Review by Pete Vack
Don Nunley’s new book Steve McQueen: Le Mans in the Rearview Mirror is a personal view of the filming of McQueen’s Le Mans epic. Nunley’s position as the Property Master in the movie was significant. A Property Master is responsible for making sure there is continuity between scenes – how much water was in the glass, how long was the cigarette ash, etc. and for purchasing, renting, and even manufacturing all props needed for a production; he makes sure they are functional and positioned correctly for each scene; Le Mans required more than 20,000 props. In addition, Nunley helped to market the props, such as the Heuer watches worn by McQueen during the movie.
Nunley saw a lot and knew a lot; he was on the set the entire time. He had previously been the assistant Property Master for Wanted, Dead or Alive, a TV western starring McQueen. McQueen was arrogant even then. “If he disliked something in the script, he would literally start ripping out the pages,” recalled Nunley. Bolstered by the success of Bullitt, by 1969 McQueen now had the money and power to create the movie he had dreamt about since 1959, when, according to Nunley, McQueen announced that he would make a racing movie and Brigitte Bardot would be the female lead.
When he accepted the position for Le Mans, Nunley knew what he as dealing with, but never realized the amount of time and effort it would take to finish the film. The planned six-week shoot lasted from July 7, 1970 to November 7th, by which time the trees had turned from green to yellow (something that Nunley strangely failed to mention). From the onset, the problem was that McQueen wanted to make the best racing film possible, and wasn’t interested in love interests or character development. He wanted a semi-documentary, and the Studio wasn’t buying that. McQueen was stubborn and the script languished despite the efforts of novelist Denne Bart Petitclerc, screenwriter Harry Kleiner and Ken Purdy. “If it’s not on the page it ain’t on the stage” is an old showbiz adage and it certainly applied to the set of Le Mans. The lack of a story line, any sense of plot and no leading ladies not only hampered the production, but eventually caused the critical failure of the film and McQueen’s downfall (although short lived) as well. “I’m making it so my grandmother in Montana who knows nothing about cars can understand,” said McQueen. But McQueen found it hard to explain that even to himself. “Usually he would end up shrugging and saying the script was in his head,” said Nunley. “His flat-out unwillingness to compromise made him a folk hero to racing enthusiasts, but also cost him dearly.”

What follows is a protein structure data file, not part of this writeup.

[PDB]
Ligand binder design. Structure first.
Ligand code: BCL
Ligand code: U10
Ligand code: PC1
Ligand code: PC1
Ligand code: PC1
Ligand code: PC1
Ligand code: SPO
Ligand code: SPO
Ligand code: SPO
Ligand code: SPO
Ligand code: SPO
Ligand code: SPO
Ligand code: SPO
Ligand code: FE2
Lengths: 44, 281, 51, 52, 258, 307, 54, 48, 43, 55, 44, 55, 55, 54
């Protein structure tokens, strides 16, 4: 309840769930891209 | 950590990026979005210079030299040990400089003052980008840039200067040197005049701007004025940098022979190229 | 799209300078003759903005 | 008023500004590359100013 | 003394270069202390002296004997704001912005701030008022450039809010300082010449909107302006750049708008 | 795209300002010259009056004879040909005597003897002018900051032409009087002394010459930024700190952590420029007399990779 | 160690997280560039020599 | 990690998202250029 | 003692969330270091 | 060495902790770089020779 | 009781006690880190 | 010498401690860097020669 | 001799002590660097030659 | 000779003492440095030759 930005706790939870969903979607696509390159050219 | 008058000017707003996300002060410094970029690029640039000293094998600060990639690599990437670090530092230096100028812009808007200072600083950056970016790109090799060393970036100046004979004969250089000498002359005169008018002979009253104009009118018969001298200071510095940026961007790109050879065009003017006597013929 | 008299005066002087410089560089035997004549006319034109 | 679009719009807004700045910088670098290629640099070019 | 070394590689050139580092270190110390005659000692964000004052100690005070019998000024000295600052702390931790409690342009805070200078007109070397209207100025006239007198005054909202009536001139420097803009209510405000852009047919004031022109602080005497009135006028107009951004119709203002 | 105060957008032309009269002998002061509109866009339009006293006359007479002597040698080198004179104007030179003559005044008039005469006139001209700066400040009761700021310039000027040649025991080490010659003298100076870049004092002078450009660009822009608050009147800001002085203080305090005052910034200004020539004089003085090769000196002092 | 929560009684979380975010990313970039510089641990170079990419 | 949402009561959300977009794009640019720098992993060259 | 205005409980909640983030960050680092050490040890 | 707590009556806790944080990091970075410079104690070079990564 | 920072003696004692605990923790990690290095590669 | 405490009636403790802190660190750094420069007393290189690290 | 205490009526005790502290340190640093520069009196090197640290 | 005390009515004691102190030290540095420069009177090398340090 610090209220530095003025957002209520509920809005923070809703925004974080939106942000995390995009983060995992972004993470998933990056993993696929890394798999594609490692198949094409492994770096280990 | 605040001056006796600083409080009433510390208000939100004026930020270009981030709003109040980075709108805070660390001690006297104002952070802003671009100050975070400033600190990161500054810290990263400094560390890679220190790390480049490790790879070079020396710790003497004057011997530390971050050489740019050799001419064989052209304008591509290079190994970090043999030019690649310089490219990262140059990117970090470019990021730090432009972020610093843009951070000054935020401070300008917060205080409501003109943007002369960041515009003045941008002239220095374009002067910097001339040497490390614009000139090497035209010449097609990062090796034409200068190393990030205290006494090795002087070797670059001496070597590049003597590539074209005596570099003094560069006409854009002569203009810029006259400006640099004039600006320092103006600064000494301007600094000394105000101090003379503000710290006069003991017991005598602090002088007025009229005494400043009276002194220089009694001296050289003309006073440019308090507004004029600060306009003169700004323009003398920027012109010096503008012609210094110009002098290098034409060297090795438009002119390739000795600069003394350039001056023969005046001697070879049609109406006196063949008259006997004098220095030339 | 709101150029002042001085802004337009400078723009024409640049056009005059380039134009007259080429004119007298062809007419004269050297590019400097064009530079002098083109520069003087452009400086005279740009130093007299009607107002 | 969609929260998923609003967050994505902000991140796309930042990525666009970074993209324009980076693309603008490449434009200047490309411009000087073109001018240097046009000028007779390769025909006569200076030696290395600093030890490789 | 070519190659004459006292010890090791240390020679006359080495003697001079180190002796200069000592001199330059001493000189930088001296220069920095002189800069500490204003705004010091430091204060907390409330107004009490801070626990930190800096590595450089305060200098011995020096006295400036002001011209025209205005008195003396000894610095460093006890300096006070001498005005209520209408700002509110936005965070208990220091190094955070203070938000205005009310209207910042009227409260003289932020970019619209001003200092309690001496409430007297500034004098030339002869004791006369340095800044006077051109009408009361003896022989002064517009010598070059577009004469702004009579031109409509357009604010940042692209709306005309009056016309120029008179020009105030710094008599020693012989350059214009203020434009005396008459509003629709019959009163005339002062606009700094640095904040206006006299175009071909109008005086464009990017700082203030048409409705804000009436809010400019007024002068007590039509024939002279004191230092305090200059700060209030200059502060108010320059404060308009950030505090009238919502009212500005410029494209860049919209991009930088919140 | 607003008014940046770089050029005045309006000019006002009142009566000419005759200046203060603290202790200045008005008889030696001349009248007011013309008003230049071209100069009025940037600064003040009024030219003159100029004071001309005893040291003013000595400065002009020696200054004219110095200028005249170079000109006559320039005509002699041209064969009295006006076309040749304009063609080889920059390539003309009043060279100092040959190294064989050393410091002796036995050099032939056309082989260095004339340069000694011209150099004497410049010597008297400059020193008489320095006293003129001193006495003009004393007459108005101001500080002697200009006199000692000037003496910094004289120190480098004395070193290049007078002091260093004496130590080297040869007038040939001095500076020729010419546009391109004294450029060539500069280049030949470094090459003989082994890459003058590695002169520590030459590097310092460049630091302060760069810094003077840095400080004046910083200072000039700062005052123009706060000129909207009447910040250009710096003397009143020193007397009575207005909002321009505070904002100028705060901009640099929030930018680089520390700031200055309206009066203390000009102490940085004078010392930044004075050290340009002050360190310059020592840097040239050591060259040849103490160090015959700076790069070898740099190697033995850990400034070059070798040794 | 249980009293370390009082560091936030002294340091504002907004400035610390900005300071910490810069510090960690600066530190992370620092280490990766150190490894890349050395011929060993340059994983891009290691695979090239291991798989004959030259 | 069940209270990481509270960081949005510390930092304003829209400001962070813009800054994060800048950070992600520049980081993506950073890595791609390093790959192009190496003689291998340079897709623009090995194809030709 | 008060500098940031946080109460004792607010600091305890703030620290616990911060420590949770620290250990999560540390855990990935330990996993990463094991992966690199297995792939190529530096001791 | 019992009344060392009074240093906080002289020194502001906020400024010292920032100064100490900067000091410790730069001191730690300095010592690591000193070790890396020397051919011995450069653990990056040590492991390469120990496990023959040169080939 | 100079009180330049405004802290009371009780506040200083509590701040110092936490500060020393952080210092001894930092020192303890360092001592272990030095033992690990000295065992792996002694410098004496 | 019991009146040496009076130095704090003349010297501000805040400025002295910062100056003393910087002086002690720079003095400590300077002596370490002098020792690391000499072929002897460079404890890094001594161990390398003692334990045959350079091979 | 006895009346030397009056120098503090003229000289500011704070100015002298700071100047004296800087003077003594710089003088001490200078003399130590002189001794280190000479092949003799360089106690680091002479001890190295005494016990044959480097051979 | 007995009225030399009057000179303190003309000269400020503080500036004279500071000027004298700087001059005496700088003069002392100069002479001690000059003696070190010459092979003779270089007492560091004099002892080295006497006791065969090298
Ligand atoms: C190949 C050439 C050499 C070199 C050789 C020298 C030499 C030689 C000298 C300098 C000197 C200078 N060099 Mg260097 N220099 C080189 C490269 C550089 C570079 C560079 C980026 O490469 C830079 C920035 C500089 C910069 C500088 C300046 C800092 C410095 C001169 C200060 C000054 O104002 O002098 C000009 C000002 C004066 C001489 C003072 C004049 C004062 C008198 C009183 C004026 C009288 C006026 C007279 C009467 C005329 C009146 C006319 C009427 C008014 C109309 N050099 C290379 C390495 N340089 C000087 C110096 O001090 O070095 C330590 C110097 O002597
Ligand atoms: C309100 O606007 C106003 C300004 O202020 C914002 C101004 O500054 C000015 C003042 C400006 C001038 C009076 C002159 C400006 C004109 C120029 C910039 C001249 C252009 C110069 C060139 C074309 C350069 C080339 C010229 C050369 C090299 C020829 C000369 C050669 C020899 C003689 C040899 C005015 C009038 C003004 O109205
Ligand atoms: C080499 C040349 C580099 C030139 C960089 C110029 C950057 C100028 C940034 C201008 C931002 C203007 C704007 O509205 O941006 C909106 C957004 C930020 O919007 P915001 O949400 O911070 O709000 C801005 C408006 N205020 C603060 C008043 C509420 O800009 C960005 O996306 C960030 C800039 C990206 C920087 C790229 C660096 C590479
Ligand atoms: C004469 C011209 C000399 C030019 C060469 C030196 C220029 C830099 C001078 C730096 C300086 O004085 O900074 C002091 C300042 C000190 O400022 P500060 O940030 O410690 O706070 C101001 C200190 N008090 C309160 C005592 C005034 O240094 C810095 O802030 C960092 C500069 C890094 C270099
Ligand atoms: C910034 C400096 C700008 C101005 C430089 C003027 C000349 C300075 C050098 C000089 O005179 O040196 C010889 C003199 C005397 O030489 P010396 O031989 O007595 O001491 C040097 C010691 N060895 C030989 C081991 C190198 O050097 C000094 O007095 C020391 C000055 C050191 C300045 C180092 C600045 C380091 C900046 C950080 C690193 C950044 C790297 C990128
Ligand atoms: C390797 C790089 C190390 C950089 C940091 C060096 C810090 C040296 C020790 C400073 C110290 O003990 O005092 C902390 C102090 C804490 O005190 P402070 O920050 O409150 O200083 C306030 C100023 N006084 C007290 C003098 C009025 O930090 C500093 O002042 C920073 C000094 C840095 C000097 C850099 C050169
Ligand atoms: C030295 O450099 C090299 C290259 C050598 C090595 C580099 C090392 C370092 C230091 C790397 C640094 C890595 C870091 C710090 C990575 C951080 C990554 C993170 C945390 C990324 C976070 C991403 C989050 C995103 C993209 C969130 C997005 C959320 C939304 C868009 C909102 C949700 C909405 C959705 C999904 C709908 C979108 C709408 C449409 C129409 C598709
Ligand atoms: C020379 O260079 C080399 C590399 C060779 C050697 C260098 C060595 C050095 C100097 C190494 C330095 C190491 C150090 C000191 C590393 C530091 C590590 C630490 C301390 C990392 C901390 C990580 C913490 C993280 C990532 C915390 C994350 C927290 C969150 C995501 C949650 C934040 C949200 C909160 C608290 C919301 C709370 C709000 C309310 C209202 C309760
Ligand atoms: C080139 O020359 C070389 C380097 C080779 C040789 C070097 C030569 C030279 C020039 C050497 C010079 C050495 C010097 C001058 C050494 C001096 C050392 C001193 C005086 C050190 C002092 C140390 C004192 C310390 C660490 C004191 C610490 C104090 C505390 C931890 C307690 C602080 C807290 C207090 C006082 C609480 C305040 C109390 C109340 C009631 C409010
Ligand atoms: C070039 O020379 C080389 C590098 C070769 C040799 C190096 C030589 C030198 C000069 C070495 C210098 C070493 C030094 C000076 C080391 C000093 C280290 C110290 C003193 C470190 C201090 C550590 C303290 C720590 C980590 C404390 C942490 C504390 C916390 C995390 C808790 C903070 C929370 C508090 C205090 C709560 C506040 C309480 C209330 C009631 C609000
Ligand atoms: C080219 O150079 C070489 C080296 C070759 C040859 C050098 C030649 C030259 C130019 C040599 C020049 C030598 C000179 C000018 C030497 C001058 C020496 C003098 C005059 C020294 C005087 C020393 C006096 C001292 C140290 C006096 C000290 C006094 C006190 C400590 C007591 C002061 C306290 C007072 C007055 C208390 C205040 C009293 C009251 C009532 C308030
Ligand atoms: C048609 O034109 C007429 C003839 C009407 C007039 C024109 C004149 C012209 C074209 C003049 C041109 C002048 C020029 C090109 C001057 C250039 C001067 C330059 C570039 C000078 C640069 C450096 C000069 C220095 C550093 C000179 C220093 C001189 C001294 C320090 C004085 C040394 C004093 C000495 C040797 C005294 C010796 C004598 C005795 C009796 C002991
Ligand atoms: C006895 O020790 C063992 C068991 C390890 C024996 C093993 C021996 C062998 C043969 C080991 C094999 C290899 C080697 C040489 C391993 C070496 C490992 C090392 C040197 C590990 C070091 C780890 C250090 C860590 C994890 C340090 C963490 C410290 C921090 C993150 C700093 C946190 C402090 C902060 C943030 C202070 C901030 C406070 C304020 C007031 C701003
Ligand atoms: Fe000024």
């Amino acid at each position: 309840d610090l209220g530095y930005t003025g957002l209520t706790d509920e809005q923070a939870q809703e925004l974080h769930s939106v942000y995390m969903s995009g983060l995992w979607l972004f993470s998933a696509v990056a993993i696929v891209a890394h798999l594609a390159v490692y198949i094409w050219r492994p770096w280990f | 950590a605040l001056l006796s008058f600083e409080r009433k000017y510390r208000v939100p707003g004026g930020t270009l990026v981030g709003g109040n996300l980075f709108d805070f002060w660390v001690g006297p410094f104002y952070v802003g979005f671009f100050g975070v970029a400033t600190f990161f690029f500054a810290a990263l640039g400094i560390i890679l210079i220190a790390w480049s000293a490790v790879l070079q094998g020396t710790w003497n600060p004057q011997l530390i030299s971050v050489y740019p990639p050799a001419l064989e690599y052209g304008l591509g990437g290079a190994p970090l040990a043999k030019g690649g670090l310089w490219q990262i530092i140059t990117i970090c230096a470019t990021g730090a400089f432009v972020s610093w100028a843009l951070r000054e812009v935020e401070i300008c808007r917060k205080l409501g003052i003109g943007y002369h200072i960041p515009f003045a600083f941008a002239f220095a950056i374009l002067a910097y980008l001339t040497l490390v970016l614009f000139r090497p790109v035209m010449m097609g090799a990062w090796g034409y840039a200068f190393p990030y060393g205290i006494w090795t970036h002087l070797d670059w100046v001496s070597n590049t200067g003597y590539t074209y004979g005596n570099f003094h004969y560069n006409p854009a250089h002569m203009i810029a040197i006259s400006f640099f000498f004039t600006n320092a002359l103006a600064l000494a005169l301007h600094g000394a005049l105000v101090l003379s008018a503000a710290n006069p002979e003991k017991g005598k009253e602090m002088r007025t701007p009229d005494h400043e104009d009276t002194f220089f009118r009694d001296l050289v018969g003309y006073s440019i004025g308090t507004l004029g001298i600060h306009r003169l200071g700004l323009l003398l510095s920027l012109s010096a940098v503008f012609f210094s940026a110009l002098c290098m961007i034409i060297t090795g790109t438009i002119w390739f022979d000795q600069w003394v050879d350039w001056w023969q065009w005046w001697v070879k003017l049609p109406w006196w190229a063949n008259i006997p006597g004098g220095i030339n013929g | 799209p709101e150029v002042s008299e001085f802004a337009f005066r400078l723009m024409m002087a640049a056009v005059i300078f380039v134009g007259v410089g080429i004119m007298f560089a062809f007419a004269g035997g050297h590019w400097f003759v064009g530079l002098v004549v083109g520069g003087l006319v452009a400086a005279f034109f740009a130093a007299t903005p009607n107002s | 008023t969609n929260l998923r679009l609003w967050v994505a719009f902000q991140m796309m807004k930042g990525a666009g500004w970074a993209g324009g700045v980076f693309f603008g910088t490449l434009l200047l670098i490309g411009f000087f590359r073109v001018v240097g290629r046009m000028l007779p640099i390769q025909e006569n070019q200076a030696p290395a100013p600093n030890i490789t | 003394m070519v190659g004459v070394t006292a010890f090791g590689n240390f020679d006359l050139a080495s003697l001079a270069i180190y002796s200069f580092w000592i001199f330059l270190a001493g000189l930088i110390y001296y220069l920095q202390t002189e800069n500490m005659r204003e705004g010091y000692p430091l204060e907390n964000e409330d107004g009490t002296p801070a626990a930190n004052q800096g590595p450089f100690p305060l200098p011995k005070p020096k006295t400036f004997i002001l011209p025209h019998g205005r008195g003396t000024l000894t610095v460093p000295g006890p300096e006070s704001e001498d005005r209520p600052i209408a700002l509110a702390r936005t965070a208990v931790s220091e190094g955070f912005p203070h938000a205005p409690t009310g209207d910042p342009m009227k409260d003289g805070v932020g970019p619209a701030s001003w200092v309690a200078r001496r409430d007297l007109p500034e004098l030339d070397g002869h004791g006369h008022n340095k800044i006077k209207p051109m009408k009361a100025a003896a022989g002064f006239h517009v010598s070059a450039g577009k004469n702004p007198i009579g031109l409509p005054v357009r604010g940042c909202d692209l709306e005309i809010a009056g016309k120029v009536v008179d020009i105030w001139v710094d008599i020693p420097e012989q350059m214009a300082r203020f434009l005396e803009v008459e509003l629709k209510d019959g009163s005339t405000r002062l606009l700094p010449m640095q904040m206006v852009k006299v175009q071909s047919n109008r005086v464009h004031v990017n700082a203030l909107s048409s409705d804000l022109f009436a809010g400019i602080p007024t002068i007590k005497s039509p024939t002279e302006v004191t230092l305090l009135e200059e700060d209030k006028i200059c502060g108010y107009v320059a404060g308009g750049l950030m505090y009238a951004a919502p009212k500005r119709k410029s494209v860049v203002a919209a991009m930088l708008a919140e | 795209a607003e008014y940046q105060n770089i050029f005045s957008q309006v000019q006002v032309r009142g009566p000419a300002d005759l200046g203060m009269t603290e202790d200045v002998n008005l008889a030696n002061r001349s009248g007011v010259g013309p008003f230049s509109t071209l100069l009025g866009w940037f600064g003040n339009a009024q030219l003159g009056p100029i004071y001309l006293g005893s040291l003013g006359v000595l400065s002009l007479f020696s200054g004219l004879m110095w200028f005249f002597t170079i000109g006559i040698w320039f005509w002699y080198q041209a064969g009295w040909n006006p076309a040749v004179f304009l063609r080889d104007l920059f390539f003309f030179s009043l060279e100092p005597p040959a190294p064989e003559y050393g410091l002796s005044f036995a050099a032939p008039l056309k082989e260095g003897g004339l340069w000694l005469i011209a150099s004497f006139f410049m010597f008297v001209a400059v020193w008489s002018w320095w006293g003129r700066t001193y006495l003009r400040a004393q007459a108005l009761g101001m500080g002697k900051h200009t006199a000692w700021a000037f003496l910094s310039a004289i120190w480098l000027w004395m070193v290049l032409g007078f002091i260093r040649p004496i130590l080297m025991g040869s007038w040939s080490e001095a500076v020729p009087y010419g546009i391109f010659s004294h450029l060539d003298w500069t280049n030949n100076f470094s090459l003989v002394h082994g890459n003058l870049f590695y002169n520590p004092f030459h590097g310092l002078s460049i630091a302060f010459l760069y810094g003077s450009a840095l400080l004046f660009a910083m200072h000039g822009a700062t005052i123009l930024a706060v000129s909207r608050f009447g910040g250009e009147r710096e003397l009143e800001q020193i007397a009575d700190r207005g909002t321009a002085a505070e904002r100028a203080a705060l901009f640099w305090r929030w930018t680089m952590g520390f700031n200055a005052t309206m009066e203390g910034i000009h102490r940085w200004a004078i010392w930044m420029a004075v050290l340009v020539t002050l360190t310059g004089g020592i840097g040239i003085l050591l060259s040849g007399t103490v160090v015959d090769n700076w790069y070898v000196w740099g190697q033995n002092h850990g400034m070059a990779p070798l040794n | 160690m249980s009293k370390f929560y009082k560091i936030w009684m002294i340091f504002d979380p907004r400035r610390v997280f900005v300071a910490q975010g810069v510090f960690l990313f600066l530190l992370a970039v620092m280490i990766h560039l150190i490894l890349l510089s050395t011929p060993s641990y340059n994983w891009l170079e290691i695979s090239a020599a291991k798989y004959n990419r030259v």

The show and the race went on however, as the crew filmed over 100,000 feet of film both in car and around the circuit (much of which was recently discovered rotting in a warehouse). Nunley, too, was shooting stills with a Nikon throughout the filming and his photos serve as the basis of his book; most from his own collection and most never seen before.
Finally, a female lead was written into the story and the team considered Twiggy, (too skinny), the Avenger’s Diana Rigg (too tall for the maybe 5’10” McQueen) and German actress, Elga Anderson lucked out. According to Nunley, McQueen greeted her by saying, “You did not screw the director. You did not screw the producer. You did not screw me. So how did you get this part?” Welcome to McQueen’s World.